Monday, December 30, 2013

Jesus Died for ... You?

Over the last few years, I've held to an understanding of the atonement of Christ known as "sufficient for all, efficient for some." In other words, my answer to the question, "Did Jesus die for every human being or only those who God chose for salvation before the foundation of the world?" is "Yes."

Yes, Scripture teaches that Jesus died for the elect in such a way that not only makes our salvation possible, but secures it.

But I believe Scripture also teaches that Jesus died for every human being in such a way that makes salvation possible for every human being (e.g. Hebrews 2:9).  Therefore, we really can tell non-believers, "Jesus died for you", and mean it with all our hearts.  Even though many people will reject Jesus all the way to hell, it's as though He hung on the cross with arms wide open, offering Himself to any who would turn to Him and inviting any who would come.   And it's this rejection of the greatest possible gift that was fully paid for and freely offered to all that will make God's enemies most worthy of final judgment.

While discussing this with a friend of mine, he asked me "Does anyone in the Bible tell an unbeliever that 'Jesus died for them'?"  And that question really got me to thinking.

The one place in the New Testament where we have sermons recorded which were being addressed primarily, if not exclusively, to non-believers is the book of Acts.  So I began to read the book of Acts with that question in mind.

I didn't expect what I would find when I got to chapter 3.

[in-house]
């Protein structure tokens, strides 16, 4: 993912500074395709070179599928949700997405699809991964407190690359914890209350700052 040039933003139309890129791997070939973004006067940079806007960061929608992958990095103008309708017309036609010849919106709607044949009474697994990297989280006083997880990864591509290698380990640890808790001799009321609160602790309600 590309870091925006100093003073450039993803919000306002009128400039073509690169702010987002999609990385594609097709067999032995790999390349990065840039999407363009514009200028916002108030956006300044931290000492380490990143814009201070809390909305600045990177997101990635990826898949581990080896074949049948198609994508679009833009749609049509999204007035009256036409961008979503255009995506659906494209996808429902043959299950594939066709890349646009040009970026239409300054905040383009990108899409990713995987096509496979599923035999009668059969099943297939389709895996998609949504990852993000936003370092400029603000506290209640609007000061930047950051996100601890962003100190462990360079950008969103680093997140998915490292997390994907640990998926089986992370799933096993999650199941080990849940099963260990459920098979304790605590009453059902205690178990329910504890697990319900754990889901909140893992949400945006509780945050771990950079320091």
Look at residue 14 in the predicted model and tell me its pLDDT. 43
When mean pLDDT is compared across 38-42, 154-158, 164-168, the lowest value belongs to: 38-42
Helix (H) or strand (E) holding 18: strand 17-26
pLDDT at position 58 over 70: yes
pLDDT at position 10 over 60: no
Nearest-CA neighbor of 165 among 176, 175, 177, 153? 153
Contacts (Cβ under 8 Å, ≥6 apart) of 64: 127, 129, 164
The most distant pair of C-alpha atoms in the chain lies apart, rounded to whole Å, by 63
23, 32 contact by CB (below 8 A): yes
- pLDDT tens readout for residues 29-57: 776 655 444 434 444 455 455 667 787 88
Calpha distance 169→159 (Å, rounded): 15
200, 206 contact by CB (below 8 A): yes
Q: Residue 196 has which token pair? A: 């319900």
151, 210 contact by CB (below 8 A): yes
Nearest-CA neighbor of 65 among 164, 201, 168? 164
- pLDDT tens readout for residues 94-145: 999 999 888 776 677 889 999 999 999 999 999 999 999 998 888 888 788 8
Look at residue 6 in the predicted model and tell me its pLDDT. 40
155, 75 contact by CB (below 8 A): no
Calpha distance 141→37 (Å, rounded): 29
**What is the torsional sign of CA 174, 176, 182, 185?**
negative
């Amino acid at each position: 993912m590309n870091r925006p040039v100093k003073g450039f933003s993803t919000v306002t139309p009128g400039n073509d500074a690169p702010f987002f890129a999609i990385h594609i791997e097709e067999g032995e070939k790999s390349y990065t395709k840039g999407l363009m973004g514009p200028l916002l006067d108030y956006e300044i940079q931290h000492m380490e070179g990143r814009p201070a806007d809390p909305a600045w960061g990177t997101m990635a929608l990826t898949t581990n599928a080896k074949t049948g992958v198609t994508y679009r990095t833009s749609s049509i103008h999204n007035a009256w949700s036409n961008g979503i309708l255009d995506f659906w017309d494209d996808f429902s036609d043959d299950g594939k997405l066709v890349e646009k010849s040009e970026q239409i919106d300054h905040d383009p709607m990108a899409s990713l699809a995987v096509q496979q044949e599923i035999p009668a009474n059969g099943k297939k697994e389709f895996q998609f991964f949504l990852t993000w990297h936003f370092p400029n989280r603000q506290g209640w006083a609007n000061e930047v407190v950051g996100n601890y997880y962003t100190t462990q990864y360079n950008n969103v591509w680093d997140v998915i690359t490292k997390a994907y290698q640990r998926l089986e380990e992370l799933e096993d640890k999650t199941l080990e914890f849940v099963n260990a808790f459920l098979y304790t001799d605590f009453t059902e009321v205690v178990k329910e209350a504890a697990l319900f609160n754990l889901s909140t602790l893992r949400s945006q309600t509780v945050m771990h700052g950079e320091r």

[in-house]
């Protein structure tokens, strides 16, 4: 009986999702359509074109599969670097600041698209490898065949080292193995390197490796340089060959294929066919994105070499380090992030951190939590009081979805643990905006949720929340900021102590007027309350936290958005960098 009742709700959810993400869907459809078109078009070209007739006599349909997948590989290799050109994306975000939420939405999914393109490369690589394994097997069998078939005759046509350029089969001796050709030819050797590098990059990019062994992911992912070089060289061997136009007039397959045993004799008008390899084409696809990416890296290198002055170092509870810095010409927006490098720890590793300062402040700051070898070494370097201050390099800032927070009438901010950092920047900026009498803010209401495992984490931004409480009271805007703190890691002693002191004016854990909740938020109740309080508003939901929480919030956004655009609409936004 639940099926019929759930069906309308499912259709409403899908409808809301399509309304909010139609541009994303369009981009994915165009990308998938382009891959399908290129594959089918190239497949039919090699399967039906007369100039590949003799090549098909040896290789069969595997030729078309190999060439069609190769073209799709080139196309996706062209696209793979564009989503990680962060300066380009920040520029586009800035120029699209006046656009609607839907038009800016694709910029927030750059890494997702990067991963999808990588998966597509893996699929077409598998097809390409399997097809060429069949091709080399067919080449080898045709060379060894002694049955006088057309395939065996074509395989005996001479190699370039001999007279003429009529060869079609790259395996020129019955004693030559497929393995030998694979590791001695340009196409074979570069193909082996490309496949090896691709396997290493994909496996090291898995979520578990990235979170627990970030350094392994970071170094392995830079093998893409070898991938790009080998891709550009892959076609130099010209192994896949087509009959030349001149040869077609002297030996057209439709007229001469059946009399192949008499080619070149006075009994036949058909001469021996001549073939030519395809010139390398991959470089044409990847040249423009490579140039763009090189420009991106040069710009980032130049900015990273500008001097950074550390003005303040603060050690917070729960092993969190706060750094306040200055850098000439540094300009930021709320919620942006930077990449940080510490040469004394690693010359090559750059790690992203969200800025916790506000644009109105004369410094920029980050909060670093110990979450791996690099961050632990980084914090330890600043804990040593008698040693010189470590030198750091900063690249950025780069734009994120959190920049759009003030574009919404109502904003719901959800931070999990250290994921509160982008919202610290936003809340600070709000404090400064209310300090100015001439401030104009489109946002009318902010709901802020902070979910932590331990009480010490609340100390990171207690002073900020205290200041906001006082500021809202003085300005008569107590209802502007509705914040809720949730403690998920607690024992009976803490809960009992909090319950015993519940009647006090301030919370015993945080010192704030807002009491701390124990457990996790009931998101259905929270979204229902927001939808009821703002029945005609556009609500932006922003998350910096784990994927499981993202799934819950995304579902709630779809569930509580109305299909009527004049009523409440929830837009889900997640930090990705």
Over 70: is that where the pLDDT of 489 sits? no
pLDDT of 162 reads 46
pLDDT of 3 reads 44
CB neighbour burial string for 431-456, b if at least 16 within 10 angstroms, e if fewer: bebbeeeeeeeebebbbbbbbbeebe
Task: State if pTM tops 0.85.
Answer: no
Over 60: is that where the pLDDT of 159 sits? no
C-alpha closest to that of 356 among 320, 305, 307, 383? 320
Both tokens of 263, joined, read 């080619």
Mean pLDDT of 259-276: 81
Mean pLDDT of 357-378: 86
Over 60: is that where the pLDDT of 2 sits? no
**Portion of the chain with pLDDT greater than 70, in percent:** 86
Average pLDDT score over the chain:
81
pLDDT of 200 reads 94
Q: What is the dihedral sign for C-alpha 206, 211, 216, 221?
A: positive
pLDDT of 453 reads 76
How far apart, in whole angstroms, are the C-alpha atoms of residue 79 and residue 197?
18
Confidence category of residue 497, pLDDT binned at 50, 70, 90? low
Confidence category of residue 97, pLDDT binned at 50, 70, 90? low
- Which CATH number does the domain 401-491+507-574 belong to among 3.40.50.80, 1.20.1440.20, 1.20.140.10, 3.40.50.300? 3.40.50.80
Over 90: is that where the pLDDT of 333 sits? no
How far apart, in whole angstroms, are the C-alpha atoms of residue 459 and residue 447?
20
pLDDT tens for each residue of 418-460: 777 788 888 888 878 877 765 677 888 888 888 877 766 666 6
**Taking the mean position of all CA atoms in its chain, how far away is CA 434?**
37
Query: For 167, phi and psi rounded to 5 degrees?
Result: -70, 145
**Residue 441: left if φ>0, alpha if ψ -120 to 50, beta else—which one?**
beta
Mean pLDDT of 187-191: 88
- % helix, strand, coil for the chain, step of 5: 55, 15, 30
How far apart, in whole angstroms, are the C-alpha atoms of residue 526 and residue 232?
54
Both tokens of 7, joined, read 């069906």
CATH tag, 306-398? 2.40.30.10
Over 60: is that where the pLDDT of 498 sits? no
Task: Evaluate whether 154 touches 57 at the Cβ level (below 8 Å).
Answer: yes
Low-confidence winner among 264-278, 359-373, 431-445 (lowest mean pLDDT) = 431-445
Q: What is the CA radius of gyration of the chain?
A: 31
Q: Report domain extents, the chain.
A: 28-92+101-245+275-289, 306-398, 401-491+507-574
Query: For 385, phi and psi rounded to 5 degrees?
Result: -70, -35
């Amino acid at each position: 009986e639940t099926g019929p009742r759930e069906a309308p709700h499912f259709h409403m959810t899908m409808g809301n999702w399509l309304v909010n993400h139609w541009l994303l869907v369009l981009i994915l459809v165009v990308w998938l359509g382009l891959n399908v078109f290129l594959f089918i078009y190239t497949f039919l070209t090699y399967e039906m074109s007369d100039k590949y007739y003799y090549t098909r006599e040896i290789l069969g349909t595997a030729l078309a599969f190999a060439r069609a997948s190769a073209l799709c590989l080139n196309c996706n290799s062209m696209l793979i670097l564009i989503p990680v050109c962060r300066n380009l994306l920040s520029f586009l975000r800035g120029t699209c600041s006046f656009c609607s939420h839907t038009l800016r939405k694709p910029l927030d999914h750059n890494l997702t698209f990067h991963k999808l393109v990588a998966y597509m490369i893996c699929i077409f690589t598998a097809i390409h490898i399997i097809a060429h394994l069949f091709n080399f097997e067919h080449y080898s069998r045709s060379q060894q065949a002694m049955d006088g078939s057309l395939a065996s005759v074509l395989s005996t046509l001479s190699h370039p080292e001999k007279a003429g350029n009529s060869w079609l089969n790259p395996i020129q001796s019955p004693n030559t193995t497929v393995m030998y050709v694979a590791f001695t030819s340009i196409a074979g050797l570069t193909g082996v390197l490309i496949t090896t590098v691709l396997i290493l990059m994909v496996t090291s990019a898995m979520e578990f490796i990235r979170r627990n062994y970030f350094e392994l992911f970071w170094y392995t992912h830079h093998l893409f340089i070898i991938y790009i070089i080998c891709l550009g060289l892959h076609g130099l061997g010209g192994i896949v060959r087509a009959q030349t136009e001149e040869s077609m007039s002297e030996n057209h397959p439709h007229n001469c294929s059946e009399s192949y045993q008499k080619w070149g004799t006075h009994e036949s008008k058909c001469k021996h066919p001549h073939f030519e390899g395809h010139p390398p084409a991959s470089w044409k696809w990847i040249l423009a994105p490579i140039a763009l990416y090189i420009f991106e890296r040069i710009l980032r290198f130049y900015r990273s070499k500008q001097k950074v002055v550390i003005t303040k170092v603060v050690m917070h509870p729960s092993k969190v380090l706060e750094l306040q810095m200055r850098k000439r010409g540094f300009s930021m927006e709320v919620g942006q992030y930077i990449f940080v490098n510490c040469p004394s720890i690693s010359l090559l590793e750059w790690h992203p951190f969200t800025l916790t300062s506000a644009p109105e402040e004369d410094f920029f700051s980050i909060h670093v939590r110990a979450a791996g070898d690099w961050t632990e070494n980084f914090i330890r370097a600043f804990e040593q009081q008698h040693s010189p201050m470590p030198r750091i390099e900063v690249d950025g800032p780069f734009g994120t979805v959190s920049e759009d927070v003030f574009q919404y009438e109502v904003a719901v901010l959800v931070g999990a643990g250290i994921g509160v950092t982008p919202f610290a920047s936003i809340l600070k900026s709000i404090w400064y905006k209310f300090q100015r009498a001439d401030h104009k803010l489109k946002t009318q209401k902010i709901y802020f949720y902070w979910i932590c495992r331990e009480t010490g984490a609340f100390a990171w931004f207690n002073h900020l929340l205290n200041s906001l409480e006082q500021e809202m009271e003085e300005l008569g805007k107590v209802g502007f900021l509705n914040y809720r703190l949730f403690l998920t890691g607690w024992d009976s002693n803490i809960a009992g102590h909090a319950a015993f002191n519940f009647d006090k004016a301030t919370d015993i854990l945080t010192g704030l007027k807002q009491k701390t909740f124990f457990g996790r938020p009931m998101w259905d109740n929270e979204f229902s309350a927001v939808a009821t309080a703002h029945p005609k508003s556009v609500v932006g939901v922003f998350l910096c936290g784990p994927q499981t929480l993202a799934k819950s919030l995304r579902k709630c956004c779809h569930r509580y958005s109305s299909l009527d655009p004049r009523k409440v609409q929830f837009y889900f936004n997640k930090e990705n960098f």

And now, brothers, I know that you acted in ignorance, as did also your rulers. But what God foretold by the mouth of all the prophets, that his Christ would suffer, he thus fulfilled. Repent therefore, and turn back, that your sins may be blotted out, that times of refreshing may come from the presence of the Lord, and that he may send the Christ appointed for you, Jesus, whom heaven must receive until the time for restoring all the things about which God spoke by the mouth of his holy prophets long ago.
Acts 3:17-21 (
emphasis added)
Notice a couple things here.

First, Peter mentions that God foretold by the mouth of the prophets that Jesus would suffer and He fulfilled it (verse 18). He's most likely referring to passages like Isaiah 53. But, even if not, the point he's making is that through the life, death, and resurrection of Jesus, God fulfilled what He had spoken by the mouth of the prophets.

Second, notice that Peter says that this Christ is appointed for "you" (verse 20).  You? That can only mean his non-believing hearers. Appointed? Christ is just another word for Messiah, which was an office that Jesus fulfilled. And all throughout the whole Old Testament the main role of Messiah was to save His people from their sins through His life, death, and resurrection.